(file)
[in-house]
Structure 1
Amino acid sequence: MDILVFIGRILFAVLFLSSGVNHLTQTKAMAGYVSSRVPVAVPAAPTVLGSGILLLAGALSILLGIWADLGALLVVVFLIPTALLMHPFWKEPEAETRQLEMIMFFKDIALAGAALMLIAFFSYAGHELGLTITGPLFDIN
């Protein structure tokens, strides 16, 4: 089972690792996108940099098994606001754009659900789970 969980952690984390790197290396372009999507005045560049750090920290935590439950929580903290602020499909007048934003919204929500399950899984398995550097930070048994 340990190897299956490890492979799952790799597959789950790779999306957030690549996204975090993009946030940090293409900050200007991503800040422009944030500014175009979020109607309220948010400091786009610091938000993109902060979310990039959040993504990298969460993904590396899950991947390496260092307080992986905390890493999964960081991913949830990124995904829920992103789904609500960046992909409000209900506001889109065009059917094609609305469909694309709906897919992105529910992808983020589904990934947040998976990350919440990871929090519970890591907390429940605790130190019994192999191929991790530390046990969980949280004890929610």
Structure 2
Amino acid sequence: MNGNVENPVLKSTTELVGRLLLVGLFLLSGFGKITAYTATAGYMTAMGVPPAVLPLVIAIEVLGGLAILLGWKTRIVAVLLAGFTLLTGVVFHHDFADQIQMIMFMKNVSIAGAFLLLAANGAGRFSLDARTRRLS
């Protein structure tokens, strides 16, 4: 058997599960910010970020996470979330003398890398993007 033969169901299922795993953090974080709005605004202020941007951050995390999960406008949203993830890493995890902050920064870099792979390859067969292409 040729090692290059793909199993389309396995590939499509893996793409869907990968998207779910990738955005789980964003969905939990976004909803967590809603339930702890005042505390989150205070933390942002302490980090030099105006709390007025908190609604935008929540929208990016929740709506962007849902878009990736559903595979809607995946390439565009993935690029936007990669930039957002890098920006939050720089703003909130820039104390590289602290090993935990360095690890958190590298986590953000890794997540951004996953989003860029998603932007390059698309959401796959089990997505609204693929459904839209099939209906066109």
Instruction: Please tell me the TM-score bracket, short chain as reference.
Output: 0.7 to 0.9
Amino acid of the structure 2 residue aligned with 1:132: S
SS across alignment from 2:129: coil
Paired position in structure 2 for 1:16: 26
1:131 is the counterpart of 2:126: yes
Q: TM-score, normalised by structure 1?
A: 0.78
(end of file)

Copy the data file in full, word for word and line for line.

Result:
[in-house]
Structure 1
Amino acid sequence: MDILVFIGRILFAVLFLSSGVNHLTQTKAMAGYVSSRVPVAVPAAPTVLGSGILLLAGALSILLGIWADLGALLVVVFLIPTALLMHPFWKEPEAETRQLEMIMFFKDIALAGAALMLIAFFSYAGHELGLTITGPLFDIN
């Protein structure tokens, strides 16, 4: 089972690792996108940099098994606001754009659900789970 969980952690984390790197290396372009999507005045560049750090920290935590439950929580903290602020499909007048934003919204929500399950899984398995550097930070048994 340990190897299956490890492979799952790799597959789950790779999306957030690549996204975090993009946030940090293409900050200007991503800040422009944030500014175009979020109607309220948010400091786009610091938000993109902060979310990039959040993504990298969460993904590396899950991947390496260092307080992986905390890493999964960081991913949830990124995904829920992103789904609500960046992909409000209900506001889109065009059917094609609305469909694309709906897919992105529910992808983020589904990934947040998976990350919440990871929090519970890591907390429940605790130190019994192999191929991790530390046990969980949280004890929610």
Structure 2
Amino acid sequence: MNGNVENPVLKSTTELVGRLLLVGLFLLSGFGKITAYTATAGYMTAMGVPPAVLPLVIAIEVLGGLAILLGWKTRIVAVLLAGFTLLTGVVFHHDFADQIQMIMFMKNVSIAGAFLLLAANGAGRFSLDARTRRLS
């Protein structure tokens, strides 16, 4: 058997599960910010970020996470979330003398890398993007 033969169901299922795993953090974080709005605004202020941007951050995390999960406008949203993830890493995890902050920064870099792979390859067969292409 040729090692290059793909199993389309396995590939499509893996793409869907990968998207779910990738955005789980964003969905939990976004909803967590809603339930702890005042505390989150205070933390942002302490980090030099105006709390007025908190609604935008929540929208990016929740709506962007849902878009990736559903595979809607995946390439565009993935690029936007990669930039957002890098920006939050720089703003909130820039104390590289602290090993935990360095690890958190590298986590953000890794997540951004996953989003860029998603932007390059698309959401796959089990997505609204693929459904839209099939209906066109």
Instruction: Please tell me the TM-score bracket, short chain as reference.
Output: 0.7 to 0.9
Amino acid of the structure 2 residue aligned with 1:132: S
SS across alignment from 2:129: coil
Paired position in structure 2 for 1:16: 26
1:131 is the counterpart of 2:126: yes
Q: TM-score, normalised by structure 1?
A: 0.78